Here is a page with a commercial slant which links to some interesting discussions of the term "cheminformatics", what it means, whether or not it exists as a distinct discipline, and even whether it should be replaced by "chemoinformatics".
The span of academic cheminformatics is wide and is exemplified by the interests of the cheminiformatics groups at the Centre for Molecular and Biomolecular Informatics at the University of Nijmegen in the Netherlands. These interests include:
- Synthesis Planning
- Reaction and Structure Retrieval
- 3-D Structure Retrieval
- Computational Chemistry
- Visualisation Tools and Utilities
Genomics is a field which existed before the completion of the sequences of genomes, but in the crudest of forms, for example the oft-re-referenced estimate of 100 000 genes in the human genome derived from a(n) (in)famous piece of "back of an envelope" genomics, guessing the weight of chromosomes and the density of the genes they bear. Genomics is any attempt to analyze or compare the entire genetic complement of a species or species (plural). It is, of course possible to compare genomes by comparing more-or-less representative subsets of genes within genomes.
Mathematical biology is easier to distinguish from bioinformatics than computational biology. Mathematical biology also tackles biological problems, but the methods it uses to tackle them need not be numerical and need not be implemented in software or hardware. Indeed, such methods need not "solve" anything; in mathematical biology it would be considered reasonable to publish a result which merely establishes that a biological problem belongs to a particular general class.
The distinction between bioinformatics and mathematical biology was illuminated by an email I received from Alex Kasman at the College of Charleston. According to his working definition, he distinguished bioinformatics which (under the tight definition at least)...
"...seems to focus almost exclusively on specific algorithms that can be applied to large molecular biological data sets..."
...from mathematical biology which...
"...includes things of theoretical interest which are not necessarily algorithmic, not necessarily molecular in nature, and are not necessarily useful in analyzing collected data."
A recent review on proteomics in the journal Nature defined the field this way:
"The term proteome was first coined to describe the set of proteins encoded by the genome1. The study of the proteome, called proteomics, now evokes not only all the proteins in any given cell, but also the set of all protein isoforms and modifications, the interactions between them, the structural description of proteins and their higher-order complexes, and for that matter almost everything 'post-genomic'."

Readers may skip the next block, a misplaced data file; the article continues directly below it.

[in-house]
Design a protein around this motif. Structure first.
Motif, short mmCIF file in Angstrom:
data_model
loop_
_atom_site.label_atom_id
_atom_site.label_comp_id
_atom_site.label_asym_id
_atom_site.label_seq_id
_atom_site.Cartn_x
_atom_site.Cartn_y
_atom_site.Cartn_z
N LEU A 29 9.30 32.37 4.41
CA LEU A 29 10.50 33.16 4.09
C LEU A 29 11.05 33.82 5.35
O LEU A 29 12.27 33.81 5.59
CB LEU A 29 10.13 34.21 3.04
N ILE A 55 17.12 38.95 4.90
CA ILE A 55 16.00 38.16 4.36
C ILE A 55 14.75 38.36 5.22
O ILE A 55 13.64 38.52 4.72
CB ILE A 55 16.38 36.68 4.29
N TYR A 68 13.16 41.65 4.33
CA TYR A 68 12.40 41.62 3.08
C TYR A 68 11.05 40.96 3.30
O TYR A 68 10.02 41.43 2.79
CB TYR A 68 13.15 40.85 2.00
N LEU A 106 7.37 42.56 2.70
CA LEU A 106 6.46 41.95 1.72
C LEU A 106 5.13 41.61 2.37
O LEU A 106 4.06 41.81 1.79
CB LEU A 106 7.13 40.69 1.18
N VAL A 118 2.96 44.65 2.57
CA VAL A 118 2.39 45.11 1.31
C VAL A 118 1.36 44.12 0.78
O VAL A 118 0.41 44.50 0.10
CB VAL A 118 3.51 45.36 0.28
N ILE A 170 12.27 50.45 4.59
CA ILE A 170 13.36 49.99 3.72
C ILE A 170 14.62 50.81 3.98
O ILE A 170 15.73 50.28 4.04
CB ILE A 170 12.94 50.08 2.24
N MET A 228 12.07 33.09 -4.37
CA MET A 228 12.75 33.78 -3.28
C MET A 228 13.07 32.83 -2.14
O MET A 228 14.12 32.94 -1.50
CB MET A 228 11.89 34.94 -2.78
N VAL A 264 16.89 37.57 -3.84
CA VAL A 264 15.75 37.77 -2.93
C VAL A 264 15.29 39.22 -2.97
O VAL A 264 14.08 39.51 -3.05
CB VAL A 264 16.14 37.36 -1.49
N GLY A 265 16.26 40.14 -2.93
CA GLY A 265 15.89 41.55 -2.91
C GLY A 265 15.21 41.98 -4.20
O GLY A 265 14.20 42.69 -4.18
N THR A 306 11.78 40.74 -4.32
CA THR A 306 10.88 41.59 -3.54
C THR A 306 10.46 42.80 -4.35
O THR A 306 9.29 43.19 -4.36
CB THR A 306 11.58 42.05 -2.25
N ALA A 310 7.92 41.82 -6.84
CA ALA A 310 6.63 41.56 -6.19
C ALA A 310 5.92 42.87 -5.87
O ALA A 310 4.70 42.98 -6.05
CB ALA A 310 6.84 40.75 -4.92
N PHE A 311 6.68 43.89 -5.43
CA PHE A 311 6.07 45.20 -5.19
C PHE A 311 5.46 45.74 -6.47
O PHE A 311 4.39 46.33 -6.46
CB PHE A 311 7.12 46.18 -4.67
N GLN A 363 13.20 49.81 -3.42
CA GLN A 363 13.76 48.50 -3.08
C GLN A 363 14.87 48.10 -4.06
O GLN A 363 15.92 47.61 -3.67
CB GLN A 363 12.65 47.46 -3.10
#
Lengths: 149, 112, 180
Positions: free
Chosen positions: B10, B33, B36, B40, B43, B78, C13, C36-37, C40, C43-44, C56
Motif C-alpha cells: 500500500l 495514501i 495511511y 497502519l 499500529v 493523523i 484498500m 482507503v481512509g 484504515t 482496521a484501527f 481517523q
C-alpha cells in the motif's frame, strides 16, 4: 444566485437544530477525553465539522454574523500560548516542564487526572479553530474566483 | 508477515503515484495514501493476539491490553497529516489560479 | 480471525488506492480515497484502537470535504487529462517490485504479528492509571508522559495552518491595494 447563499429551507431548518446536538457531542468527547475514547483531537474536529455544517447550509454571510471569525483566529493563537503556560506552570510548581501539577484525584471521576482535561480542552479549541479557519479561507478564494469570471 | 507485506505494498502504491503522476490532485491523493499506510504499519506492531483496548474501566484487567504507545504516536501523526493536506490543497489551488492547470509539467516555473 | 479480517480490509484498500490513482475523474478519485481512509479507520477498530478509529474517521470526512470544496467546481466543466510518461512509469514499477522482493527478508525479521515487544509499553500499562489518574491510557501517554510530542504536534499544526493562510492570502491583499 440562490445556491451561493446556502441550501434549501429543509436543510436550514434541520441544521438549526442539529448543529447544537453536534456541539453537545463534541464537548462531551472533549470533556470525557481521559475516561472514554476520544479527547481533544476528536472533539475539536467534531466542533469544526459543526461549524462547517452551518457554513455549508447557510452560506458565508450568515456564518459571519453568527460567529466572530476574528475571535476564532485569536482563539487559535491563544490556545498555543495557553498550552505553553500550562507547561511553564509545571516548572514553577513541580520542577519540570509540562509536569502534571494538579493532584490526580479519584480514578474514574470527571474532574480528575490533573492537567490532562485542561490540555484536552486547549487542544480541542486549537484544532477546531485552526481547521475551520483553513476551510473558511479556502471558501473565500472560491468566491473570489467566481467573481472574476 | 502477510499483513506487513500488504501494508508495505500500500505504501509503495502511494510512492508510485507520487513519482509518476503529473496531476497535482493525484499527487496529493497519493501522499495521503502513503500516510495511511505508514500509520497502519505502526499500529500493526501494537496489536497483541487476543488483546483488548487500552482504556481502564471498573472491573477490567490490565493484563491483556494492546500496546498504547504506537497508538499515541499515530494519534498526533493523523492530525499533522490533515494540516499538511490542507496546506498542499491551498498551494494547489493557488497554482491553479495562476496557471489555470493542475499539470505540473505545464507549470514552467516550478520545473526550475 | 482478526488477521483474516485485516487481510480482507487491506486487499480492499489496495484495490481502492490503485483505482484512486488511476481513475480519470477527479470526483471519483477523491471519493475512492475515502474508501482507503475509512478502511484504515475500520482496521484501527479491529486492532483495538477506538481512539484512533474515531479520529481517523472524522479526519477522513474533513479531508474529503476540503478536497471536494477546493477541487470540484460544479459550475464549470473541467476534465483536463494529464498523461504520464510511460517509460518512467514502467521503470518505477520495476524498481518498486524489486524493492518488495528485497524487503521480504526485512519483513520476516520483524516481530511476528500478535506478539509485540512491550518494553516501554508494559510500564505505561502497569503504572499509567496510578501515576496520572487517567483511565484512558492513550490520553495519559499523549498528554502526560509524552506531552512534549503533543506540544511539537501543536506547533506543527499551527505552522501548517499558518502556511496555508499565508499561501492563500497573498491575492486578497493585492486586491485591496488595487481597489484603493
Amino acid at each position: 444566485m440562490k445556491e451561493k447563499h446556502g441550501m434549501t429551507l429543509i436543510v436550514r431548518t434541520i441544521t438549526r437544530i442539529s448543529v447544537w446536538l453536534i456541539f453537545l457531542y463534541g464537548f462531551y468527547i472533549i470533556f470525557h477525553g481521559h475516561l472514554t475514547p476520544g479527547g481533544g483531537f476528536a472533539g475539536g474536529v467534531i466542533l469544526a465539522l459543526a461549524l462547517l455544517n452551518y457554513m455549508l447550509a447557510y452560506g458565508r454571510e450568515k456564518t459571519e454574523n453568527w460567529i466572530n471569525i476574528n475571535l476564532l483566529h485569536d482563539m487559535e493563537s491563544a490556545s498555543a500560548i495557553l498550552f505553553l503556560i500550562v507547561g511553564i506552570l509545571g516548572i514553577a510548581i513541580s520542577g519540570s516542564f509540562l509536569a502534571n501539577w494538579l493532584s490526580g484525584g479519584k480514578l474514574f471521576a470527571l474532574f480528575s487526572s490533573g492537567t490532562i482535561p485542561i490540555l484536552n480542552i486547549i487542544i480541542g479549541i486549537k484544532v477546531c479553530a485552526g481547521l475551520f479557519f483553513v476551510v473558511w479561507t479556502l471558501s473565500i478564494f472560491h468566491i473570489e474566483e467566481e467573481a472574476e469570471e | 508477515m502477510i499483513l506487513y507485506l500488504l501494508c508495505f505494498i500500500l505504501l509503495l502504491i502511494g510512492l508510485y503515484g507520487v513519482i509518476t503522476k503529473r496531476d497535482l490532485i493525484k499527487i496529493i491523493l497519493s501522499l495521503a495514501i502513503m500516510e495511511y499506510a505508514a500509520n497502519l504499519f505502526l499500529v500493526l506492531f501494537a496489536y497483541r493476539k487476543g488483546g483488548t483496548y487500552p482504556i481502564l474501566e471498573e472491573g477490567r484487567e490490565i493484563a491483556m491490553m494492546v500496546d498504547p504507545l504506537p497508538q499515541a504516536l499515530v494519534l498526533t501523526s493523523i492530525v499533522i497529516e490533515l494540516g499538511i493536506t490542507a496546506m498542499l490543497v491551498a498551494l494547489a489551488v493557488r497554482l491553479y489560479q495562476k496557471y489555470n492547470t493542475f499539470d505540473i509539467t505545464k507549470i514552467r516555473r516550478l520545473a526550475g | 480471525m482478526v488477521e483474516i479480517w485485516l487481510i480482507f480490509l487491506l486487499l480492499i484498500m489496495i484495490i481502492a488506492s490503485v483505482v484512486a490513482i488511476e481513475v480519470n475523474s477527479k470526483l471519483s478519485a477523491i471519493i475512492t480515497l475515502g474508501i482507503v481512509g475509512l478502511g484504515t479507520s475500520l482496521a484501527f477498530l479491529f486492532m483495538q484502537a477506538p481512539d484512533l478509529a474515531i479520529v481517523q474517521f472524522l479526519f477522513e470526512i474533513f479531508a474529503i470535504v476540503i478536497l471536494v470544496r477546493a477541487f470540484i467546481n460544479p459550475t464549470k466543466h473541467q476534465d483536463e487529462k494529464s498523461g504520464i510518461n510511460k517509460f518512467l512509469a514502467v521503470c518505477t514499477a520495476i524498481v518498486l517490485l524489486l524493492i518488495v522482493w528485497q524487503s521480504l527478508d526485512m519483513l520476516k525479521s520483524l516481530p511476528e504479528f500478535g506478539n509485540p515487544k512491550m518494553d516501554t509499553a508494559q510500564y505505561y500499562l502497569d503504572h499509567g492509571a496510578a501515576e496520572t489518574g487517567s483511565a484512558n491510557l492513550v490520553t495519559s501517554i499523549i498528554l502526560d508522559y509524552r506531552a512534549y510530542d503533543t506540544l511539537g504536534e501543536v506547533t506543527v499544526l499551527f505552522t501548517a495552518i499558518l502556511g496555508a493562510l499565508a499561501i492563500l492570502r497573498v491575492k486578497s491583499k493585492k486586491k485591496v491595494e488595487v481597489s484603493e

Michael J.Dunn, the Editor-in-Chief of Proteomics defines the "proteome" as:
"the PROTEin complement of the genOME"
and proteomics to be concerned with:
"qualitative and quantitative studies of gene expression at the level of the functional proteins themselves"
"an interface between protein biochemistry and molecular biology"
Characterizing the many tens of thousands of proteins expressed in a given cell type at a given time---whether measuring their molecular weights or isoelectric points, identifying their ligands or determining their structures---involves the storage and comparison of vast numbers of data. Inevitably this requires bioinformatics. Here is a constructively skeptical review by Lukas Huber.
Pharmacogenomics is the application of genomic approaches and technologies to the identification of drug targets. Examples include trawling entire genomes for potential receptors by bioinformatics means, or by investigating patterns of gene expression in both pathogens and hosts during infection, or by examining the characteristic expression patterns found in tumours or patients samples for diagnostic purposes (possibly in the pursuit of potential cancer therapy targets).
The term "pharmacogenomics" is used for the more "trivial"---but arguably more useful---application of bioinformatics approaches to the cataloguing and processing of information relating to pharmacology and genetics, for example the accumulation of information in databases like this one. (Thanks to Ivanovi.)
All individuals respond differently to drug treatments; some positively, others with little obvious change in their conditions and yet others with side effects or allergic reactions. Much of this variation is known to have a genetic basis. Pharmacogenetics is a subset of pharmacogenomics which uses genomic/bioinformatic methods to identify genomic correlates, for example SNPs (Single Nucleotide Polymorphisms), characteristic of particular patient response profiles and use those markers to inform the administration and development of therapies. Strikingly, such approaches have been used to "resurrect" drugs thought previously to be ineffective, but subsequently found to work with in subset of patients. They can also be used for optimizing the doses of chemotherapy for particular patients.